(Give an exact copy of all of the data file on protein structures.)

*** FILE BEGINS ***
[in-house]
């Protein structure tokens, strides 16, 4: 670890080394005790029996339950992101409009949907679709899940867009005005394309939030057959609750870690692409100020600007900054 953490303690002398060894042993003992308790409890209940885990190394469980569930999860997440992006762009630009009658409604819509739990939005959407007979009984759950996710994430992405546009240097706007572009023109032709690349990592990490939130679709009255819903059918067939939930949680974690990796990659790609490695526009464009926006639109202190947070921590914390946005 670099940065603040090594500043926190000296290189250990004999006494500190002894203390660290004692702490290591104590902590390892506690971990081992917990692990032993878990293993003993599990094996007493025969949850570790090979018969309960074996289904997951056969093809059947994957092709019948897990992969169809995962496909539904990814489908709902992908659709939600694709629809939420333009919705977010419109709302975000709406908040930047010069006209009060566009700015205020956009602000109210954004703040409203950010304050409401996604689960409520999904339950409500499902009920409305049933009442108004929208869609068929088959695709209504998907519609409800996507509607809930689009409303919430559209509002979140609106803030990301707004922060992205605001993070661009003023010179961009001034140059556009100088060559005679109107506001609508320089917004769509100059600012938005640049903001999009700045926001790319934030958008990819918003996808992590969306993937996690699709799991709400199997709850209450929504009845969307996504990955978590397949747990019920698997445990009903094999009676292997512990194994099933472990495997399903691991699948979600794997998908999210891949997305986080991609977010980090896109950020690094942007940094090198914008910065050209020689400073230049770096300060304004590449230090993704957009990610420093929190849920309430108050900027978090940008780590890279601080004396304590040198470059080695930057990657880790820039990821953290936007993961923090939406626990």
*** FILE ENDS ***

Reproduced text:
[in-house]
């Protein structure tokens, strides 16, 4: 670890080394005790029996339950992101409009949907679709899940867009005005394309939030057959609750870690692409100020600007900054 953490303690002398060894042993003992308790409890209940885990190394469980569930999860997440992006762009630009009658409604819509739990939005959407007979009984759950996710994430992405546009240097706007572009023109032709690349990592990490939130679709009255819903059918067939939930949680974690990796990659790609490695526009464009926006639109202190947070921590914390946005 670099940065603040090594500043926190000296290189250990004999006494500190002894203390660290004692702490290591104590902590390892506690971990081992917990692990032993878990293993003993599990094996007493025969949850570790090979018969309960074996289904997951056969093809059947994957092709019948897990992969169809995962496909539904990814489908709902992908659709939600694709629809939420333009919705977010419109709302975000709406908040930047010069006209009060566009700015205020956009602000109210954004703040409203950010304050409401996604689960409520999904339950409500499902009920409305049933009442108004929208869609068929088959695709209504998907519609409800996507509607809930689009409303919430559209509002979140609106803030990301707004922060992205605001993070661009003023010179961009001034140059556009100088060559005679109107506001609508320089917004769509100059600012938005640049903001999009700045926001790319934030958008990819918003996808992590969306993937996690699709799991709400199997709850209450929504009845969307996504990955978590397949747990019920698997445990009903094999009676292997512990194994099933472990495997399903691991699948979600794997998908999210891949997305986080991609977010980090896109950020690094942007940094090198914008910065050209020689400073230049770096300060304004590449230090993704957009990610420093929190849920309430108050900027978090940008780590890279601080004396304590040198470059080695930057990657880790820039990821953290936007993961923090939406626990």